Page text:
Though we have a picture of a child with a sensitivity to music that was awe-inspiring, there is also a gestalt view of a child extraordinarily observant and attentive, with the instincts of a savant. This is probably the way Mozart experienced the social world, through the lives of others. If Così is any indicia, he found great amusement in what he witnessed.
Joel Prieto [Photo by Felix Broede courtesy of Universal Music Classical Management & Productions]
In his adult life, Mozart was at the receiving end of vicious political jockeying and nasty pettiness he had no interest in mirroring. He still had an unquenchable thirst for living, seeking outlets for his energies and potential. In music, he found the only muse that would woo him. That tireless love for music probably killed him, but before it did, he would have his fun attending to and making it.
Mozart has gotten more attention recently from Palm Beach Opera. Così fan tutte, last seen here in 1998, completes PBO’s “Mozart-Da Ponte trilogy”; Le Nozze di Figaro and Don Giovanni were part of the company’s 2009 and 2010 seasons respectively. Two United States debuts highlight PBO’s second cast opening of Così on February 26th.
In his first opera conducting assignment in North America, Gianluca Martinenghi and orchestra distinguished themselves right from the overture with playing of the utmost delicacy, and sensitivity to Mozart’s score. This pattern held and generalized to the vocal department, buoying up and stimulating singing. A regular in some top theaters in Italy, the conductor’s pacing gave singers the prerogative to explore Da Ponte’s text. The playing did fall cold at the odd moment, but at the bridge to “Un Aura Amorosa” and for Fiordiligi’s second act aria, there was sufficient musical heat. Bruce Statsyna provided not simply chords, but accent notes, arpeggios, and runs underneath the vocal line on a healthy harpsichord.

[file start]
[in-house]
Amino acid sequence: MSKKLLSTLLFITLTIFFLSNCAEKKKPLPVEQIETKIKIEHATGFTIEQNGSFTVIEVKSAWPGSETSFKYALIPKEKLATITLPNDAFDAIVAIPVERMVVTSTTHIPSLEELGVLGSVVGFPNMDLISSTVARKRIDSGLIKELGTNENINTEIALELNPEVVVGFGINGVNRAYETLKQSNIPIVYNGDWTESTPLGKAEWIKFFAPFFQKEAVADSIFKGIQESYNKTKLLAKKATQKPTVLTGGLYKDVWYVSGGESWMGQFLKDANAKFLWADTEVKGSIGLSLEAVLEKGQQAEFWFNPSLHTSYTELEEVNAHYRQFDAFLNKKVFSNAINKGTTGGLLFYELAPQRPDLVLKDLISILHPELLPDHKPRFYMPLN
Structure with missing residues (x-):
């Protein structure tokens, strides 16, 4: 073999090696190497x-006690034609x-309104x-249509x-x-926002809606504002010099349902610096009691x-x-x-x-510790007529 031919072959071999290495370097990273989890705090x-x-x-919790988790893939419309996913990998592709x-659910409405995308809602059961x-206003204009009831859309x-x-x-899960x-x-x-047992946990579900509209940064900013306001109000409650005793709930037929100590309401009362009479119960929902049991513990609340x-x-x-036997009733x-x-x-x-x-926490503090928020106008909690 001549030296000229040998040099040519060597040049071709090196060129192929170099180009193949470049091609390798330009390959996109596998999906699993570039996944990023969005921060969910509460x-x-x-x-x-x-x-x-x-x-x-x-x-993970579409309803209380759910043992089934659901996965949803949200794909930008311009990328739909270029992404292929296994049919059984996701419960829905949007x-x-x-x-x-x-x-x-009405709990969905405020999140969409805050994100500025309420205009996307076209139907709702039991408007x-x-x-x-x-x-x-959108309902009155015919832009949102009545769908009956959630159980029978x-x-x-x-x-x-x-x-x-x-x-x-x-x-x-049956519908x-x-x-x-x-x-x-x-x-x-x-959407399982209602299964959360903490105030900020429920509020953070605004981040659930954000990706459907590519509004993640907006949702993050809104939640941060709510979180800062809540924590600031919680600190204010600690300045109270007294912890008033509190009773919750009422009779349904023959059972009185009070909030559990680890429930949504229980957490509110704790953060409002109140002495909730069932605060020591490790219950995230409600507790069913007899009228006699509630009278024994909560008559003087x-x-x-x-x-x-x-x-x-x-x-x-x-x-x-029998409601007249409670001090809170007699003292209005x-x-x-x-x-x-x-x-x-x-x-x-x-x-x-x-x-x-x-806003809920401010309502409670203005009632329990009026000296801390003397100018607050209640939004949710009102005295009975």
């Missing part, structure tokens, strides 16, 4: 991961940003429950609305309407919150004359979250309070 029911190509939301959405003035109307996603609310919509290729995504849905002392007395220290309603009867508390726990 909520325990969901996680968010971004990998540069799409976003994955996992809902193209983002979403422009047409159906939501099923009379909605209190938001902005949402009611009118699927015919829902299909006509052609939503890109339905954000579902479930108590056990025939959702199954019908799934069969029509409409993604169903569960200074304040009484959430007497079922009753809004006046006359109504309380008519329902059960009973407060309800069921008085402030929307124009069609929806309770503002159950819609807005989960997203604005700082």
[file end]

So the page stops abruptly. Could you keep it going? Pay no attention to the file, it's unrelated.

Dorabella (Patricia Risley), Fiordiligi (Caitlyn Lynch) and Don Alfonso (Matteo Pierone)
Joel Prieto had regular work in Europe before winning Operalia in 2008. His breakout came after that competition though, as he has appeared at Covent Garden, the Liceu, Stuttgart, and the Salzburg Festival. In his North American opera debut here, the Spanish born, Puerto Rican bred tenor left one wanting more. Prieto is building a characterization of Ferrando as that of a shy but curious fellow, one for which Mozart’s music is especially suited. Of the music, Prieto’s performance tended toward caution; “Un Aura Amorosa” was unexceptional but for the shading of the second stanza; at that point, and occasionally later, he sang with the kind of affinity for this music that has garnered him (much-too-early) comparisons with golden age aristocratic tenors. His tenor’s quality — amber hued and full, with an attractive fresh sheen — and size were bare in “Ah! Io veggio quell’anima bella.”